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Stunning Photos Of Chinas Insanely Stressful College Exam Process | Business Insider.

via Stunning Photos Of Chinas Insanely Stressful College Exam Process | Business Insider.

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If so, please don’t move it to Shijiazhuang, a city that tops the list of most polluted cities in China, if not the world. Don’t be deceived by rankings that show the city anywhere but at the top. Usually cities near or above it on the list are either part of its hinterland or downwind.

The air isn’t always bad in Shijiazhuang, but you’ll be lucky to find a day when it’s not…unless you’re my uncle and aunt, who found three miraculously clear days on their visit. Fortunately the terrible air is balanced by the welcoming and generous attitude of the great people of this city.

See this story for a discussion of the problem of pollution, a proposed solution, and some obvious objections to the idea (here is another)

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Top polluted cities in China at the moment I captured this image. Shijiazhuang is 4th, but most of the other cities on the list are either part of the SJZ’s hinterland or “downwind.”

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A rare blue sky day allowed us to capture this shot at sunset. Yes, those are apartment buildings right in the shadow of those cooling towers. If we could pan to the left we would see apartment blocks in even closer proximity to plants like this one.

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Who says the Chinese danwei is dead? Eggs and toilet paper (FREE!!) beside my desk today!

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The affective core of Chinese life is the family home, an understanding of which helps to explain1 the central role of residential construction in Shijiazhuang’s urban renovation. The desire to improve the domestic living conditions of one’s family and to provide a better future to subsequent generations drives family members to seek a hao yi xie de shenghuo (好一些的生活 — literally, a slightly better life).20130617-131602.jpgChina’s policy makers are highly sensitive to the economic potential of this desire to improve living conditions. At times they work to incite and exploit the desire for familial improvement as an engine of economic growth, at others to restrain it in order to protect the economy from bubble formation. Beyond direct economic implications, they are highly sensitive to the negative effects of an overheated real estate market on the daily lives of the less well off and poor, and the potential of inflation in the housing market to stymie their familial aspirations. A population with an excessively large group of impoverished, “homeless,” and stymied citizens is a potentially unstable one, and there are no principles more central to the governing philosophy of post-Mao China than those of stability and harmony.20130617-131439.jpg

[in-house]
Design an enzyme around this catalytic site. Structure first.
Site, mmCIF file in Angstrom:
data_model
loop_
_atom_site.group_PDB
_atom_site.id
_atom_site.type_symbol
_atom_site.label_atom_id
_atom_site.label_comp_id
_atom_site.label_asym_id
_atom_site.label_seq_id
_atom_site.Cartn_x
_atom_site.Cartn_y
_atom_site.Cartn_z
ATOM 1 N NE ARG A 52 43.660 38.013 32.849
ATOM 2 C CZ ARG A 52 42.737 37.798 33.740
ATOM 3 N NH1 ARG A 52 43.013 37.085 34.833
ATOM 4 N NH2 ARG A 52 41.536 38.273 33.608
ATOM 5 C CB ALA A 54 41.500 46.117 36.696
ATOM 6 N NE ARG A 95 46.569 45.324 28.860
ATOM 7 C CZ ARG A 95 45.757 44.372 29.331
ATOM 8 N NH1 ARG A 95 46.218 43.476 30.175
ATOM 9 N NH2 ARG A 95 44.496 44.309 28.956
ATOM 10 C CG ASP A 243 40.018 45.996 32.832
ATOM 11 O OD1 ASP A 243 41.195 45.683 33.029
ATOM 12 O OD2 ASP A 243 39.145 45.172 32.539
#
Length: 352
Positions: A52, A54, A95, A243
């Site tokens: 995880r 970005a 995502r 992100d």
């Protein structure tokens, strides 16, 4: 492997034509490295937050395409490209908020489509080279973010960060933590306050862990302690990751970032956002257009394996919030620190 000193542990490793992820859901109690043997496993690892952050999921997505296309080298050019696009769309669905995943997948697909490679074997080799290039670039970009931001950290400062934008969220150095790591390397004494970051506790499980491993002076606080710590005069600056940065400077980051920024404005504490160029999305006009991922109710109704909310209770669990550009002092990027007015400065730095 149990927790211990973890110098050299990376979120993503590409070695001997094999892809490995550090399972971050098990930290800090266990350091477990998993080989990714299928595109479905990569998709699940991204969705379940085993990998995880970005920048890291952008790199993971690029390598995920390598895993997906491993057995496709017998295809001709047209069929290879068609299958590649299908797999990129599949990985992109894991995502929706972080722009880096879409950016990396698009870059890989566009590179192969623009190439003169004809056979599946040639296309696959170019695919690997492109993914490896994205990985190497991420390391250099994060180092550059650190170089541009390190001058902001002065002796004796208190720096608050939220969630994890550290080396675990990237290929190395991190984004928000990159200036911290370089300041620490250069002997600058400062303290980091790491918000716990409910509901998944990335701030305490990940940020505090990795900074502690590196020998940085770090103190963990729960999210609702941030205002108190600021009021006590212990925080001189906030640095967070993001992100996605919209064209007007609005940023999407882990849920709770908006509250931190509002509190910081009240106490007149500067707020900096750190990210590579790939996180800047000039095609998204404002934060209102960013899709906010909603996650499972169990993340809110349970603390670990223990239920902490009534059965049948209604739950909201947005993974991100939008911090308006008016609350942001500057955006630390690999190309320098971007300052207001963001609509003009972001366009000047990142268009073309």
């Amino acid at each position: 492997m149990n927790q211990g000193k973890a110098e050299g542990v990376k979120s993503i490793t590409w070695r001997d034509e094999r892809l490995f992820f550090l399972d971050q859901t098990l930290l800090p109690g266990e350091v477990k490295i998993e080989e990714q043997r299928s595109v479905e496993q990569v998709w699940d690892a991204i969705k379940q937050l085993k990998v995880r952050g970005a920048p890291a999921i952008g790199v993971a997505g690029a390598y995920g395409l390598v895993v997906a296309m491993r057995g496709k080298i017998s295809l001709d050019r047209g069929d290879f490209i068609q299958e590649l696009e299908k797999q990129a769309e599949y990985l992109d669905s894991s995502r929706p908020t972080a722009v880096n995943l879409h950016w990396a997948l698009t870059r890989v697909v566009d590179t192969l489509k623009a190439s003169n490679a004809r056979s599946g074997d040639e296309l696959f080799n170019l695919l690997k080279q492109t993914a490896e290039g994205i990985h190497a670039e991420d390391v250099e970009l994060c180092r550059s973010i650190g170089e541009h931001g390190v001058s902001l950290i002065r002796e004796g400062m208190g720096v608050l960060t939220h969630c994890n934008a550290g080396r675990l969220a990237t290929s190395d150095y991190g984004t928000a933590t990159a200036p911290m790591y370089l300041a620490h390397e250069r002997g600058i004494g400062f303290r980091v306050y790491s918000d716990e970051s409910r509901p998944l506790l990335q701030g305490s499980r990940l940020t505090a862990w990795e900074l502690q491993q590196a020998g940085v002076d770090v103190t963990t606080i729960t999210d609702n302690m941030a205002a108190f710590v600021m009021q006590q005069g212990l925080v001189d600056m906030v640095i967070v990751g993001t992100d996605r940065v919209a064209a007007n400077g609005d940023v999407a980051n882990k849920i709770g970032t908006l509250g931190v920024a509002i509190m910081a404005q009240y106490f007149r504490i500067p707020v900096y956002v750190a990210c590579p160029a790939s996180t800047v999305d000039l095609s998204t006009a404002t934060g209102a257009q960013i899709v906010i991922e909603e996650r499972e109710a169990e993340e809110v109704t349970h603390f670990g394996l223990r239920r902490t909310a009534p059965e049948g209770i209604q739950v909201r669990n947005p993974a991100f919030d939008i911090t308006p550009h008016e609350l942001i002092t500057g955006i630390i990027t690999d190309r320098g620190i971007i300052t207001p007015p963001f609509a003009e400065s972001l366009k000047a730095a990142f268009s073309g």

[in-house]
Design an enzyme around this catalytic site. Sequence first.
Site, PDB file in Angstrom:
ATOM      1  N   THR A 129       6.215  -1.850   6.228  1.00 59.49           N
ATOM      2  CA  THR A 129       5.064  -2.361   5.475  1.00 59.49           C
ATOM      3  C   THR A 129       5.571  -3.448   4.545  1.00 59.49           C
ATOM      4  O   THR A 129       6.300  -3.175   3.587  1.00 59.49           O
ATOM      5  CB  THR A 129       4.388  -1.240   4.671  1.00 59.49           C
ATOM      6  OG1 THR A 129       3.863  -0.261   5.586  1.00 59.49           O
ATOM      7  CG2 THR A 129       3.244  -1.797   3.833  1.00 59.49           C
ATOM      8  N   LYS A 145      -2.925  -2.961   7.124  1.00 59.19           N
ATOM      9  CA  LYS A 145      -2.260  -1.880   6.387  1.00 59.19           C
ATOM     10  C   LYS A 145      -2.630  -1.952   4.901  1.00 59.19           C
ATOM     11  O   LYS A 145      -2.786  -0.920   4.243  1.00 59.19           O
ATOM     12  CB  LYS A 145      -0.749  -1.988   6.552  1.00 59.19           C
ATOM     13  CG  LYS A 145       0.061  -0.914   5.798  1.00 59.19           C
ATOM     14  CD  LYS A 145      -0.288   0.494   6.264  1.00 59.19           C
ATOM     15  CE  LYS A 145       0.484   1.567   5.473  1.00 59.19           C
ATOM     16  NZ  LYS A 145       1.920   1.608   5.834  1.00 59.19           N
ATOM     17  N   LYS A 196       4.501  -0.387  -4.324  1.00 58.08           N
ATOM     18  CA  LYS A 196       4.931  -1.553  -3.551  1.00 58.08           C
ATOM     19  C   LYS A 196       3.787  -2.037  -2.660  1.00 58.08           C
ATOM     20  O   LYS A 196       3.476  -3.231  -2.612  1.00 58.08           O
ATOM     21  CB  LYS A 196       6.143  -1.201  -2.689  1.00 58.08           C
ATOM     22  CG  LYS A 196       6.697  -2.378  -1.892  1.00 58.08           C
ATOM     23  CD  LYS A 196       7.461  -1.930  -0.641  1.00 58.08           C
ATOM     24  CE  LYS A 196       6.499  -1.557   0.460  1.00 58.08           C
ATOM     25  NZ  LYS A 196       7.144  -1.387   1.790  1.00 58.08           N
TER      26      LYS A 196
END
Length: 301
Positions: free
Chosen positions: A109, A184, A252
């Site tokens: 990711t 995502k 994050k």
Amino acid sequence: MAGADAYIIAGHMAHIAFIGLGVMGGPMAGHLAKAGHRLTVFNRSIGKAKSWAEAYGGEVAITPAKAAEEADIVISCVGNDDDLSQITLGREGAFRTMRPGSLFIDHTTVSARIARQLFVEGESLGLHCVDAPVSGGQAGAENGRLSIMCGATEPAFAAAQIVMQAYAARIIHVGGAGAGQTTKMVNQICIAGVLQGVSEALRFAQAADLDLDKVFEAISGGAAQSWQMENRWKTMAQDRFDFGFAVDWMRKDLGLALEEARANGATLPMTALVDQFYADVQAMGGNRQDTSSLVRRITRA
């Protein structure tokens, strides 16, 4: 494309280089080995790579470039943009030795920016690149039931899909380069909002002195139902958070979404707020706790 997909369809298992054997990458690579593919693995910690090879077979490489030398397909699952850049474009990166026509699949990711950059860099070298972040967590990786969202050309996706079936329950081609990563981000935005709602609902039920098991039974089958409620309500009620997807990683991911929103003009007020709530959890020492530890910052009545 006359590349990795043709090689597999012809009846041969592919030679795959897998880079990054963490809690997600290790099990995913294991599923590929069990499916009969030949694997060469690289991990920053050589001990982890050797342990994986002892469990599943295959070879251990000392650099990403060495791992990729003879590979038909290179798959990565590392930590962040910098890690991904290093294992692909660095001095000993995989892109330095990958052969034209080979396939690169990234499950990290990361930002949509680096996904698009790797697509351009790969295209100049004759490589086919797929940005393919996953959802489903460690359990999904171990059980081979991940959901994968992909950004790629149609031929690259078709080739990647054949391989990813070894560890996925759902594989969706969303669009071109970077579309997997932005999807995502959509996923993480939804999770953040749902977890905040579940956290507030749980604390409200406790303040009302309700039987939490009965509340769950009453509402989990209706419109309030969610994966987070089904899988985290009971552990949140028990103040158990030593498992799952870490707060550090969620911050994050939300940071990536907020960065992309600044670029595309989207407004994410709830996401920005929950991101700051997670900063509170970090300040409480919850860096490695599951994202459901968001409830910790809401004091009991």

Understanding the hand and glove relationship of familial aspiration and broader economic policy and practice is crucial to decoding the ways in which Shijiazhuang’s urban renovation has unfolded. As discussed here, san nian da bian yang kicked off an explosion of new housing, much of it infill/densification units. The spectacle of this massive, city-wide residential renovation overwhelms the eye, but it is the construction and promotion of entirely new neighborhoods on the clean slate of demolished chengzhongcun that provides the most compelling object of analysis for my purposes. Such projects are enormous in scale and totalizing in terms of their capacity to create and will to promote themselves as deliverers of entirely new and, of course, superior ways of life.20130617-131536.jpg